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Hermann Hauser: London ‘too small’ for Arm IPO, calls for dual listing

Image credit: MZinchenko / Shutterstock

The co-founder of the company that created Arm has said London is “too small” for the semiconductor firm’s IPO and said a co-listing with New York is the “natural solution”.

Hermann Hauser, co-founder of Acorn computers, which later span out chip designer Arm, said that “there isn’t the liquidity for technology stocks in London”.

Speaking to BBC Radio 4’s Today programme, Hauser said: “The problem with London is it’s really too small for a company of the size of Arm to do it alone.”

Arm, which designs and licences processor intellectual property used in many of the world’s smartphones and computers, has been exploring public listing options since the collapse of its $40bn merger with US tech giant Nvidia.

Arm parent company SoftBank has indicated that the US is the preferred destination for the Cambridge-founded company to re-enter the public market.

“Arm is a UK company. It worked well with a dual listing before and I’m very much in favour of having a dual listed in London again,” Hauser added.

A spokesperson for Arm declined to comment.

However, Russ Shaw, founder of Tech London Advocates and Global Tech Advocates, said the UK should fight to ensure Arm lists in the UK.

“This is not just about image and reputation – this decision holds significant national, strategic importance with respect to the importance of the semiconductor industry globally,” Shaw told UKTN.

Shaw added that Arm could encourage future tech unicorns to float in the UK public market.

PM lobbies for UK Arm IPO

Earlier this week UK Prime Minister Boris Johnson reportedly wrote to SoftBank executives in a last-ditch bid to persuade the Japanese conglomerate to list semiconductor designer Arm in London instead of New York.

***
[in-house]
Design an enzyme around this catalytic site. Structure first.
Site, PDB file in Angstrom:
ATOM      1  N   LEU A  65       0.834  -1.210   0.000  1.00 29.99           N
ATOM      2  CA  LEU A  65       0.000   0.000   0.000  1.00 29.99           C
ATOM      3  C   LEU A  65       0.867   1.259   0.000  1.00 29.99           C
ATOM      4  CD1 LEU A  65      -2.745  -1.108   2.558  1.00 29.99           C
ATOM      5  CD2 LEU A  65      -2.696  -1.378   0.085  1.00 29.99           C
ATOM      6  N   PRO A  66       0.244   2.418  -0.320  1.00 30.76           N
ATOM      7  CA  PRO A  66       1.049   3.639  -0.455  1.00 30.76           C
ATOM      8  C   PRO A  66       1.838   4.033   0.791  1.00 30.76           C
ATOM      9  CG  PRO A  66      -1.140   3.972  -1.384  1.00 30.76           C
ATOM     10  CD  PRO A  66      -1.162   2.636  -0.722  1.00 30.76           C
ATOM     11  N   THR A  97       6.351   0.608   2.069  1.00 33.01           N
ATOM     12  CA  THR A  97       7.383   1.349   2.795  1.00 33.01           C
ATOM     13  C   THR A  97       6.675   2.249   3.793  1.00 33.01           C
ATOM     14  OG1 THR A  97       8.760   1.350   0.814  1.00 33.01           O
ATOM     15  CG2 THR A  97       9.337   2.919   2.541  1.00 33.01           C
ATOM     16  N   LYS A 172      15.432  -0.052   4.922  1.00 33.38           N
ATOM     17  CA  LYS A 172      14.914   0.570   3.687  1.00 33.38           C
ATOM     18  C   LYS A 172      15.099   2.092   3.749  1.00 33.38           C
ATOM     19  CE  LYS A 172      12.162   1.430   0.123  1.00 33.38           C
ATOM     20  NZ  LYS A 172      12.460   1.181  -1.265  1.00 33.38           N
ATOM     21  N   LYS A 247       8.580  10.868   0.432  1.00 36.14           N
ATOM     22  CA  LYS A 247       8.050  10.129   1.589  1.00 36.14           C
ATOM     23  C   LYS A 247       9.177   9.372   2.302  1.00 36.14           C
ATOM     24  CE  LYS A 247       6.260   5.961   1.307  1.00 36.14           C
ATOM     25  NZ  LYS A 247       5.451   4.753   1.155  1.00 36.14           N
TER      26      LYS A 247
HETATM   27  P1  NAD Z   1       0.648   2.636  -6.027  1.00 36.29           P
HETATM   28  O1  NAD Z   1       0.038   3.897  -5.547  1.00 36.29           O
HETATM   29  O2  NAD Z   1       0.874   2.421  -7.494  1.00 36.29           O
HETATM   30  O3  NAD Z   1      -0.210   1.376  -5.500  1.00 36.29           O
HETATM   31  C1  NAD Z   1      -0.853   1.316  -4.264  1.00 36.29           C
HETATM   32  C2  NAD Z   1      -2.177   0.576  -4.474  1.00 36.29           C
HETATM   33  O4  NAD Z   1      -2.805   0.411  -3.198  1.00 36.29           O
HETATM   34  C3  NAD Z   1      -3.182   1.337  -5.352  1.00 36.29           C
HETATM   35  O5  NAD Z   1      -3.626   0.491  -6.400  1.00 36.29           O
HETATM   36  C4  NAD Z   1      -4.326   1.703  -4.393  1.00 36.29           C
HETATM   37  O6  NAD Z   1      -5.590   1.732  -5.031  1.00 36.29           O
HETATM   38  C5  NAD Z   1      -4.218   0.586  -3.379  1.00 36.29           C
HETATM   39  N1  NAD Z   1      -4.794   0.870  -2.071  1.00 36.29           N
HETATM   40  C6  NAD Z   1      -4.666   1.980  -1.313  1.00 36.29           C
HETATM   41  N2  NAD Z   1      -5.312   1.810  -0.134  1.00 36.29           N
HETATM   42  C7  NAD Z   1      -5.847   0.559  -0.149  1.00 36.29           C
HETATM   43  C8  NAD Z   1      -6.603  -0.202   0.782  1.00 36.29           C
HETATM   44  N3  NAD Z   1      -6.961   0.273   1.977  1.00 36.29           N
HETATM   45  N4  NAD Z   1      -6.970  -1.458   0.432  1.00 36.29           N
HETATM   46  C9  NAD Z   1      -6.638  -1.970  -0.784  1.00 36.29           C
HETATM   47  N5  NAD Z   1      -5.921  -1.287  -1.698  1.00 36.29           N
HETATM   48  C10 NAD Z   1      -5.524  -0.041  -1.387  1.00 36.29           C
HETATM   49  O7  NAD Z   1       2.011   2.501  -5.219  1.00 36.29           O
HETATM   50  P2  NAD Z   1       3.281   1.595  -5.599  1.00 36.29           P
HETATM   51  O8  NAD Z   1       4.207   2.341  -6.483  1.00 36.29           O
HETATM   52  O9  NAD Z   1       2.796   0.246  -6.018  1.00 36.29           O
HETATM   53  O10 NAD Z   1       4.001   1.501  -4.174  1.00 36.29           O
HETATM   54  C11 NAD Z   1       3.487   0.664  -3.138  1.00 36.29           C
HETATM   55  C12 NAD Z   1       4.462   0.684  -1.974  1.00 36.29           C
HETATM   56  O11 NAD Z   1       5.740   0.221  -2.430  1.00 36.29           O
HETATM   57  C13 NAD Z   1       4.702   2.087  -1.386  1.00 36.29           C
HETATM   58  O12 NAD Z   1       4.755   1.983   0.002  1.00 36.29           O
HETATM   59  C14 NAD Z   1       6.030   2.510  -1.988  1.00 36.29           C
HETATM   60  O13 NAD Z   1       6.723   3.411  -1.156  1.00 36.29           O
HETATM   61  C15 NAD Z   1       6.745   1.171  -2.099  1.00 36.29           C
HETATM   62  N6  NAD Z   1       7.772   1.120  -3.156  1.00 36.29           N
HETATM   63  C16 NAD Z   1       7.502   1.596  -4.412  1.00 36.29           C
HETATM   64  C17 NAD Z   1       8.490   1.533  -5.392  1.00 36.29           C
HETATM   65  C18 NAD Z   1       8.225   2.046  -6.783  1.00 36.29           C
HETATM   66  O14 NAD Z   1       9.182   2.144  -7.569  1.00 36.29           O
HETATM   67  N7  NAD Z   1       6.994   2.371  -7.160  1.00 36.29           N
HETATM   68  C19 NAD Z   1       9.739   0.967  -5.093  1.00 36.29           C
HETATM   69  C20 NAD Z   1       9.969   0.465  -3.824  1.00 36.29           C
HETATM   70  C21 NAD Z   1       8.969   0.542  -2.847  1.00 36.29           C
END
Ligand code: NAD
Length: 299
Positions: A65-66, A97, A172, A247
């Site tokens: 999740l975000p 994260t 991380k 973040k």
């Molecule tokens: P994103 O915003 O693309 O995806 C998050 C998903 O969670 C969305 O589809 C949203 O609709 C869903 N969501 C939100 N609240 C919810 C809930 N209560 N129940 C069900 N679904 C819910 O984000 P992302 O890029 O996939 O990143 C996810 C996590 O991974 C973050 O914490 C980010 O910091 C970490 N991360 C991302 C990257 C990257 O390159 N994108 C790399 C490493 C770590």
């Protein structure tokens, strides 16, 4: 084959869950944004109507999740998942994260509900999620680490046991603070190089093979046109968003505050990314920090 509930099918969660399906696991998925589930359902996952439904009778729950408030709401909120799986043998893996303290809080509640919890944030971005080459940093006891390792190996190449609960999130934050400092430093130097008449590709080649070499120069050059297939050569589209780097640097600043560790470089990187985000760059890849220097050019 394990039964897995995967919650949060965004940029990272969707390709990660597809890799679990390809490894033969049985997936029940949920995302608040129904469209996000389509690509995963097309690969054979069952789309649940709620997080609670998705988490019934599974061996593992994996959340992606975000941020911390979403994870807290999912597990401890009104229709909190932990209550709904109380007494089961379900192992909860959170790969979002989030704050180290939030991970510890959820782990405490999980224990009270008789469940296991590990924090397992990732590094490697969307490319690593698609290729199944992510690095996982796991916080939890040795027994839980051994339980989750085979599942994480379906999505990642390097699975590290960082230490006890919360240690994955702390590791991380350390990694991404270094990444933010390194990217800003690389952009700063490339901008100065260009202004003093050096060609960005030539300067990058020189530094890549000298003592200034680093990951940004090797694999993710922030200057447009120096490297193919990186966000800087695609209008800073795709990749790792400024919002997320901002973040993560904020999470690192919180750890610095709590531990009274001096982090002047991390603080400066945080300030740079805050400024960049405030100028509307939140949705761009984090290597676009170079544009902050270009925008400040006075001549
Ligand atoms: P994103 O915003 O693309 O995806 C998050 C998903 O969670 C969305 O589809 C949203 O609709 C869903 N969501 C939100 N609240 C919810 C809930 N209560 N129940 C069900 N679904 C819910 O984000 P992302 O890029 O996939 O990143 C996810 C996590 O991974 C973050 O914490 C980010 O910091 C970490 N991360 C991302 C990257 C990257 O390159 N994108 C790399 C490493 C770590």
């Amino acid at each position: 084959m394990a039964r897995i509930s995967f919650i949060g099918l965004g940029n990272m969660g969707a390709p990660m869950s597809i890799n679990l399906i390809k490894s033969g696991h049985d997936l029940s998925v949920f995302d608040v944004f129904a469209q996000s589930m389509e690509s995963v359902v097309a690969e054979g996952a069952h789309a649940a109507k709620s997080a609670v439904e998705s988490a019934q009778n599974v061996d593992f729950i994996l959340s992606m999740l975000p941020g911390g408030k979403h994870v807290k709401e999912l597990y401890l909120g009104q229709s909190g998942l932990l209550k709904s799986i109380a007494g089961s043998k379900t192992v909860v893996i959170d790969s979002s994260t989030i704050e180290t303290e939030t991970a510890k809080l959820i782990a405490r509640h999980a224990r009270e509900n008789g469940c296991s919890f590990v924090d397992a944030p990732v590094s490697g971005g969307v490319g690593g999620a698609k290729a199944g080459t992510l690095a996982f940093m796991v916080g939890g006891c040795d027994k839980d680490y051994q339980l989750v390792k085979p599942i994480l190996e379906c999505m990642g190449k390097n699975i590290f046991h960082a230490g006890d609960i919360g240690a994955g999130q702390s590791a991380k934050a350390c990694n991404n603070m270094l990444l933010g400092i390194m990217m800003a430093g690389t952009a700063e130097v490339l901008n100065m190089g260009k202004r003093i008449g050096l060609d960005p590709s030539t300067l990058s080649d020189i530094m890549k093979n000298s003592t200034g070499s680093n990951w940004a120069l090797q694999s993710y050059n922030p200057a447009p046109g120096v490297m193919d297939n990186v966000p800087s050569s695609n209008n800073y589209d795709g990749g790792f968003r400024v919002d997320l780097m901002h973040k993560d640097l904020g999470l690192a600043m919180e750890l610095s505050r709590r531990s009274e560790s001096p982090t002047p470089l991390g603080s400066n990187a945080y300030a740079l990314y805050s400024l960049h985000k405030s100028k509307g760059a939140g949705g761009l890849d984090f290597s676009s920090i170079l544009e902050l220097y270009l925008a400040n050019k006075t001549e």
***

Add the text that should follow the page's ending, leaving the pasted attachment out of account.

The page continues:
However, some analysts have said it would be in Arm’s best interest to choose the US over the UK.

“This move reeks of political opportunism,” said David Bicknell, principal analyst, thematic intelligence team, GlobalData. “The UK government only has its own interests in mind—not Arm’s future.”

Bicknell added: “The [London Stock Exchange’s] desire to persuade Softbank that Arm should list in London is understandable, but the chances of that happening are slim. Softbank will not rethink its New York plans – nor should it.”

SoftBank acquired the Cambridge-headquartered company for $32bn (£23.4bn) in 2016 in a move widely criticised as relinquishing the “crown jewel” of British tech.

Providing a further headache to Arm, the company’s China CEO Allen Wu was fired last week and is refusing to leave.

Should Arm shun London it will come as a blow to the UK government, which has been seeking to attract more tech businesses to list in London with recent post-Brexit IPO reforms.

Last month saw London-based BenevolentAI begin trading on Amsterdam’s Euronext market.

UK tech IPOs raised a record £6.6bn, double the amount in 2020, counting Deliveroo and Moonpig amongst them.